Lil’ Orphan Mossy
November 17, 1951 — The Decatur Herald
This commentary ran in the “Editorials: These Are Our Opinions” section of a leading Decatur, Illinois newspaper. The “blackmail” charge had been raised with some frequency at the time, just not quite as tenderly.
Mossadegh Uses Mild Blackmail
PREMIER Mossadegh of Iran exerts a kind of gentle blackmail upon the United States when he says that unless his government gets a loan of at least 120 million dollars it surely will succumb to communistic threats. [a false claim] Having tossed out British influence in a surge of nationalism, Iran finds itself an orphan.
Mossadegh is appealing to the U.S. to act as silent partner and financial advisor. Mossadegh says the reason Iran is so wide open to Communist influences is because of the general poverty and dissatisfaction of the people produced under British supervision. Under the British thumb, the nation was not allowed to express itself economically, the prime minister says in his Washington, D.C. speech.
Now, our first inclination might be to let Iran lie in its own bed, since it was so fanatically insistent upon making it. Mossadegh was aware of the economies of Iran before the rash of nationalism broke out. He could have warned his people of the dangers inherent in revolt against British influence, and also against British assistance. So we need have little pity for Iran’s plight.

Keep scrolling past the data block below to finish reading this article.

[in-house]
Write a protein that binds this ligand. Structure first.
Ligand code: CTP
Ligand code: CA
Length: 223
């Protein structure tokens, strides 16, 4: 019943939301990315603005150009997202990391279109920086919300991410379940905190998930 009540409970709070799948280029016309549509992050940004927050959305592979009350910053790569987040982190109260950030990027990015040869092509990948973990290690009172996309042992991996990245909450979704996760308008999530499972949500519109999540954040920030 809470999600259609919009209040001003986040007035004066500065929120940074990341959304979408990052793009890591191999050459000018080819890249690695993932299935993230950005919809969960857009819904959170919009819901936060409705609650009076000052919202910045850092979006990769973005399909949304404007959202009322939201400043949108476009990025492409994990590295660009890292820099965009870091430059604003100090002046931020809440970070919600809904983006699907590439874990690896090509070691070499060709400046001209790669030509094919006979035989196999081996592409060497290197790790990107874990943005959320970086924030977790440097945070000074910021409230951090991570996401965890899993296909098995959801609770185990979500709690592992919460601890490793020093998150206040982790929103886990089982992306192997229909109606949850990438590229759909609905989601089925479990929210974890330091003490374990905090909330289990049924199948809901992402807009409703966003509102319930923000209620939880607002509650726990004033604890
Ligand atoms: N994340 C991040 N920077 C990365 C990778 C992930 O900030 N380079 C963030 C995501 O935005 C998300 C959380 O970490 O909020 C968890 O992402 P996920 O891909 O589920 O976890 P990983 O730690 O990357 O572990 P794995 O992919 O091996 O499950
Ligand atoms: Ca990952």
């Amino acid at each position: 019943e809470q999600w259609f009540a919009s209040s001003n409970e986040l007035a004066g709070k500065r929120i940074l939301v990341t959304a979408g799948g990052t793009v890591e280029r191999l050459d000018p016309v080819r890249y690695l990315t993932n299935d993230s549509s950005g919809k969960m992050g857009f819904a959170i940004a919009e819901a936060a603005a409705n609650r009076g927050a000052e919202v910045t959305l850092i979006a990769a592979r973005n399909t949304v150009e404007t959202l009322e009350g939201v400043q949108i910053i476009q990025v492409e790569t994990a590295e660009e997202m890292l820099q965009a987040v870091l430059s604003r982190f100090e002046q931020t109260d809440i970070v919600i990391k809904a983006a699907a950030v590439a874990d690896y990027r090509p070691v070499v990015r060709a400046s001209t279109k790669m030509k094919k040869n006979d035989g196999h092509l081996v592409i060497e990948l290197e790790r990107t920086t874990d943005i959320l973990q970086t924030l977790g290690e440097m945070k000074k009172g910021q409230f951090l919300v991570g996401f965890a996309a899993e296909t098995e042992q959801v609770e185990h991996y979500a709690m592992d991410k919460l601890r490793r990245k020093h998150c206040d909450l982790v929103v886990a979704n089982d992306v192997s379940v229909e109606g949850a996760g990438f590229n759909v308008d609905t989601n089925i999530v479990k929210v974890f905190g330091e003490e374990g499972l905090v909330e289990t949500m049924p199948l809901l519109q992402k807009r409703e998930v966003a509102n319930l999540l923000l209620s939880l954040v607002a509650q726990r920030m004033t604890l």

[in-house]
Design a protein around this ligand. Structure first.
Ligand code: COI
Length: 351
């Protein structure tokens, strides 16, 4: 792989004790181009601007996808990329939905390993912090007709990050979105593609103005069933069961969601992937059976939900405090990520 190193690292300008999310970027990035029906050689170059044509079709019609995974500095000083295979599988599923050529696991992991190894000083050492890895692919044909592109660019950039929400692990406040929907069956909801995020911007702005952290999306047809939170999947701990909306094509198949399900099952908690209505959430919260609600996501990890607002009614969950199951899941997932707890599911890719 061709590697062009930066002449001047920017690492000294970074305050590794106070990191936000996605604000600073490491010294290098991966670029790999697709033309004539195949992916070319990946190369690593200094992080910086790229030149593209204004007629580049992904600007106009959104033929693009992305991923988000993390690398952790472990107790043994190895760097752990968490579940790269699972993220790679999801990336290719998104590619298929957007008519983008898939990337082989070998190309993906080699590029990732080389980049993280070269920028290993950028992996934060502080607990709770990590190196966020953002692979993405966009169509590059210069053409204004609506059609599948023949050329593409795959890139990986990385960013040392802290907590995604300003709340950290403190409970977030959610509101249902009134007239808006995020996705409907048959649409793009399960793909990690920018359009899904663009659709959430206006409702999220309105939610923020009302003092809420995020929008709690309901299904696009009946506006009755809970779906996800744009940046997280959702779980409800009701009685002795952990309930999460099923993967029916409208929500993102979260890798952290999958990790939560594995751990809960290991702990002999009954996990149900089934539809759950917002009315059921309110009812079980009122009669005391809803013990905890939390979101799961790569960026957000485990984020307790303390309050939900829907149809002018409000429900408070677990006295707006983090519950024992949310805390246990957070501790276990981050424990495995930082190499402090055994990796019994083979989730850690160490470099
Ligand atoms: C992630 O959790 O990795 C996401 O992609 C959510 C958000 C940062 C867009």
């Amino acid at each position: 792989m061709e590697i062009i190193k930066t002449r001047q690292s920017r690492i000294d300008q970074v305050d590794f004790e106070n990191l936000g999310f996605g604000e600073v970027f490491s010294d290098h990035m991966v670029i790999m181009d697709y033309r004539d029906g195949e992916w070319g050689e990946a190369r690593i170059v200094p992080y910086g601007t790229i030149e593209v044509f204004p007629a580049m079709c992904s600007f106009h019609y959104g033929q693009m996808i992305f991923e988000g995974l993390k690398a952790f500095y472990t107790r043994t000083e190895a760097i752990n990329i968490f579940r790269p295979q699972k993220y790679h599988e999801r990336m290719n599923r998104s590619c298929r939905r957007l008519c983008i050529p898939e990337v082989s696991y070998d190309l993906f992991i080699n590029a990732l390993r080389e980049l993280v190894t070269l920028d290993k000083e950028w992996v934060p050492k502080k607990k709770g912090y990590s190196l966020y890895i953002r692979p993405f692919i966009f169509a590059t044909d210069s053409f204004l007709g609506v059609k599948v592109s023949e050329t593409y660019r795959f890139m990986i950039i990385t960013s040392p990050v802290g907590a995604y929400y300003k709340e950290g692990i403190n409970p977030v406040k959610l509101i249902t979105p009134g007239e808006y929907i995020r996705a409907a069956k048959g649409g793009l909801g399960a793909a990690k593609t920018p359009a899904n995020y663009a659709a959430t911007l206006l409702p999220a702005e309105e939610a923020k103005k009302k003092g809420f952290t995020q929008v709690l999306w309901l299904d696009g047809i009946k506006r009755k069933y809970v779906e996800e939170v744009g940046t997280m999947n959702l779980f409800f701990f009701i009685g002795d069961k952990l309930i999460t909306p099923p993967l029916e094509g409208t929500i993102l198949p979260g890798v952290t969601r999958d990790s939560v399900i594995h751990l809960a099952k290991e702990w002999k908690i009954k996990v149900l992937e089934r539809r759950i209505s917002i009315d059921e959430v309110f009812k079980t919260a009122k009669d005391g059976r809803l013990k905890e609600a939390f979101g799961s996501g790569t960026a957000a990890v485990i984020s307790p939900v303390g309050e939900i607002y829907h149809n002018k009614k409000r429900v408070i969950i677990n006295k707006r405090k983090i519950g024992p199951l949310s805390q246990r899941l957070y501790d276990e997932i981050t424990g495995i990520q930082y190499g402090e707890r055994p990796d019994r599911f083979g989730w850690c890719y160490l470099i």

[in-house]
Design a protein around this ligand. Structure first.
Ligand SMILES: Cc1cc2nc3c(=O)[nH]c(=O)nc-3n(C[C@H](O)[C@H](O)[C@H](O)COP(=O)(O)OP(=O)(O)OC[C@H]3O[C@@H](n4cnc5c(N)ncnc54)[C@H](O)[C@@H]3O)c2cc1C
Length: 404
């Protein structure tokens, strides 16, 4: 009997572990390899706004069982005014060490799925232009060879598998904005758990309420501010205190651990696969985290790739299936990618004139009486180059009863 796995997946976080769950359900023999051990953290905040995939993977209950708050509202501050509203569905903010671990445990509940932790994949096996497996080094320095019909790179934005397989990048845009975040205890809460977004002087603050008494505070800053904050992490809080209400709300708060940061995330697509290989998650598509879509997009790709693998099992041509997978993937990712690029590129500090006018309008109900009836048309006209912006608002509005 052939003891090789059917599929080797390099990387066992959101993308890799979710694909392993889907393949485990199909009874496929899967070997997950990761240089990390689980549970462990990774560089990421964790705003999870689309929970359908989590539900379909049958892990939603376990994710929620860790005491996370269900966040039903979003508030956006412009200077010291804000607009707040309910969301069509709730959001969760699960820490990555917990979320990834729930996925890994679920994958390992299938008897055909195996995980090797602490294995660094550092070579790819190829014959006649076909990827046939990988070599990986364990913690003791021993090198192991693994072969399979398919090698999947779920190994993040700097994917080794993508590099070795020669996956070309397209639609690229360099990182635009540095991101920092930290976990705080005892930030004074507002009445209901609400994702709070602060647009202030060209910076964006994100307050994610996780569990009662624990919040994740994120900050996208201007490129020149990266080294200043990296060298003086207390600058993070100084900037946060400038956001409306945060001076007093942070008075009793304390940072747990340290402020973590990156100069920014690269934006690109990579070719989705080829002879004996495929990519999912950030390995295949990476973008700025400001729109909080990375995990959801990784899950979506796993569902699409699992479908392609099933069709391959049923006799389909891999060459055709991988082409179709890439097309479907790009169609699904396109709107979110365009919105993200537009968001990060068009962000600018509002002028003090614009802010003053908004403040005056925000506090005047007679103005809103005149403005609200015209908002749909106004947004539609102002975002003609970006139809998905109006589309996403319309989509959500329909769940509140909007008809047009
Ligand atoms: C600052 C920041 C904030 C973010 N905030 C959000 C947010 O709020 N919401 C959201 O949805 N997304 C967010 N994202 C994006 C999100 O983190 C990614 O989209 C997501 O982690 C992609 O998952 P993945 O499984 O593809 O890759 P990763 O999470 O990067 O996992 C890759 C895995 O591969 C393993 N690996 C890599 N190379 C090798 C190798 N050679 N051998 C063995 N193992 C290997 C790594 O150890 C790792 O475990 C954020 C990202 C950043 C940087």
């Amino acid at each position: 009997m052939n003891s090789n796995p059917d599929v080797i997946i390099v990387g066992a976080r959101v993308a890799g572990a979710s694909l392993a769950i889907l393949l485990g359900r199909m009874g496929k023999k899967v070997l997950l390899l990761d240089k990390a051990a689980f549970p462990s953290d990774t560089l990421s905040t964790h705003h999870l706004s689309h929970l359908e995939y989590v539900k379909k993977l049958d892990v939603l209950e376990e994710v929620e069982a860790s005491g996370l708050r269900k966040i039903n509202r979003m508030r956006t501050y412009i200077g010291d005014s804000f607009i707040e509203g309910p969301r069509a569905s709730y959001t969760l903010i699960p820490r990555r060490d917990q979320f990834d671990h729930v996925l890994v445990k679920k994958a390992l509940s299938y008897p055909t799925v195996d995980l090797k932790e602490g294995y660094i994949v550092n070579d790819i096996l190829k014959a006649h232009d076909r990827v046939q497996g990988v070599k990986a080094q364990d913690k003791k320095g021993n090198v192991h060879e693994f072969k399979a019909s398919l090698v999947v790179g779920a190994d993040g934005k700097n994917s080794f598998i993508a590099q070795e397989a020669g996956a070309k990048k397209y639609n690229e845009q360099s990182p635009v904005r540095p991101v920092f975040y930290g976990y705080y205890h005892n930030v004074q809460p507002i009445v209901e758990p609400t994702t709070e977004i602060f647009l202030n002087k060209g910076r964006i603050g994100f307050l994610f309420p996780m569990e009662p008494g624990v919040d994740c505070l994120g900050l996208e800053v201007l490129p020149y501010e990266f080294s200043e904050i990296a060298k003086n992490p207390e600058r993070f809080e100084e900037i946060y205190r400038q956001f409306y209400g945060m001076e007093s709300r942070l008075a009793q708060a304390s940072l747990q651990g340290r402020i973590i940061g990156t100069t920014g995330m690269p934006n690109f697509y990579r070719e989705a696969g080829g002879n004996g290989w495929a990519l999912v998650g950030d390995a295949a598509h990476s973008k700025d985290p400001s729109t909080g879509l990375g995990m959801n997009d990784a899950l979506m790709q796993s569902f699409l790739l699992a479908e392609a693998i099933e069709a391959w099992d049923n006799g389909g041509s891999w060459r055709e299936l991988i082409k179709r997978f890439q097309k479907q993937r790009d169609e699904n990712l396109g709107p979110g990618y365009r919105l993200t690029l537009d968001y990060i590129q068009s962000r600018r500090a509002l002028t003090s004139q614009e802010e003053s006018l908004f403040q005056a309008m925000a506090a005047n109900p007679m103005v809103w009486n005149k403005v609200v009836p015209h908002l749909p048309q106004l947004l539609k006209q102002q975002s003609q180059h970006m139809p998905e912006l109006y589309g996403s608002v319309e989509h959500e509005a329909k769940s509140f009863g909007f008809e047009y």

But we, of course, will not be so cold-hearted. Mossadegh is wise enough to realize that we are committed to suppress communism wherever it threatens, and he poses this gentle blackmail to enlist our aid. We have never knowingly left stray lambs to the wolves, and we will not do it in the case of Iran.
It is possible that Iran will not need much aid from the United States. The premier is confident that his country will eventually, with financial help and revenues from its self-operated oil industry, regain its economic strength and carry out a large-scale program of development and reform. But Iran will need considerable aid, possibly as much as 120 million dollars, in the beginning.
Perhaps Mossadegh had this plan in mind when he permitted his nation to shake off British influence. He knew, from his observations of the U.S. role in world affairs, that it would offer aid because of our pledge to combat communism. Even though we see through Mossadegh’s little scheme, we doubtless will go along to the extent of giving some sort of help. We cannot help but be a willing victim of the exchange, particularly if it turns out to be another blow at communism.
Too Bad For You — The Cornell Daily Sun, December 13, 1951
America Has A Lot At Stake in Iran — The Cortland Standard, June 22, 1951
Message To Mossadegh: Blackmail Does Not Pay — Bruce Biossat, November 19, 1951
MOSSADEGH t-shirts — “If I sit silently, I have sinned”